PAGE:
CORPUS CHRISTI, Texas — We are officially on the clock! Sixteen days away from the official start of the holiday shopping season.
Black Friday is Friday, November 26 and Cyber Monday is Monday, November 29.
On today's Protecting Your Money segment, a TAMU-CC professor weighs in on whether shoppers really save money on either day.
Do you know how Black Friday got its name?
According to BlackFriday.com, from a retail standpoint, it refers to stores moving from red to black. In other words, sales statistics that were in the red—at a loss—moved to the black—making a profit—because of holiday sales.
Black Friday usually begins the day after Thanksgiving, and according to investopedia.com, Cyber Monday began in November 2005.
In 2020, Cyber Monday sales revenue exceeded Black Friday revenues by nearly $2 billion.
So what do we shop for on these two days?
Gaming consoles. Video games. Technology. Toys. Phones. You name it.
Dr. Kent Byus, professor of Marketing and Entrepreneurship at TAMU-CC, says one thing to be very aware of, particularly this year, are delays in the supply chain.
What does that mean to you, the shopper?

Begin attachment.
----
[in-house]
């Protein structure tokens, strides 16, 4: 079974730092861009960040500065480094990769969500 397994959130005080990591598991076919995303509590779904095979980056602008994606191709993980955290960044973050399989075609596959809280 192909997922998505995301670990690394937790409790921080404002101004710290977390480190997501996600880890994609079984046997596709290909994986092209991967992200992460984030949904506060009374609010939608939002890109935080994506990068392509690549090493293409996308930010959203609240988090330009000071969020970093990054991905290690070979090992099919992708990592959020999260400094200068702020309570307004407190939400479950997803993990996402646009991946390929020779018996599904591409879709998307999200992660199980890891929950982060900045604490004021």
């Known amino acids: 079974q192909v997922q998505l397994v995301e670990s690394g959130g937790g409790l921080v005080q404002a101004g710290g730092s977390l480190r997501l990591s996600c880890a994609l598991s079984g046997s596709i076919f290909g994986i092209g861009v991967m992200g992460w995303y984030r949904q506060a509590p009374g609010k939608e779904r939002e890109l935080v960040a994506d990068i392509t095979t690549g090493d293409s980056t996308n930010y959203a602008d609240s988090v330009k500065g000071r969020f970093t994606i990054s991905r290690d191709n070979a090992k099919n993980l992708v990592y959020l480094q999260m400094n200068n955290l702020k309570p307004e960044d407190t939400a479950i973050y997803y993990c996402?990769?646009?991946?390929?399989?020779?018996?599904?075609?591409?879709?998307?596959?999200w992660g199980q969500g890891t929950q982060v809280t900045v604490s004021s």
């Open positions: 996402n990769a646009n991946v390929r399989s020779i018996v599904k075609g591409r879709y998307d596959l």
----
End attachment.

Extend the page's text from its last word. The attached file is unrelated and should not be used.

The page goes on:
Anticipate delays, and possibly lengthy ones.
"If those incentives, those disadvantages are deep enough that people will provide themselves with a rationale to wait. The dilemma is that that wait extends beyond the normal flow of the holidays, is that now you can have some consumers complaining and consumer disgruntlement," Dr. Byus told us.
Byus says savings can be found both days; it just depends on your preference. Either dealing with crowds and standing in line, or dealing with limited bandwidth.
He further points out looming inflation and rising gas prices could be factors this year as well.
"The cost of the gasoline to get to the store to take advantage of the deep discounts, could very well erode some of that discount away."
Whatever you decide, remember; relax and enjoy the season.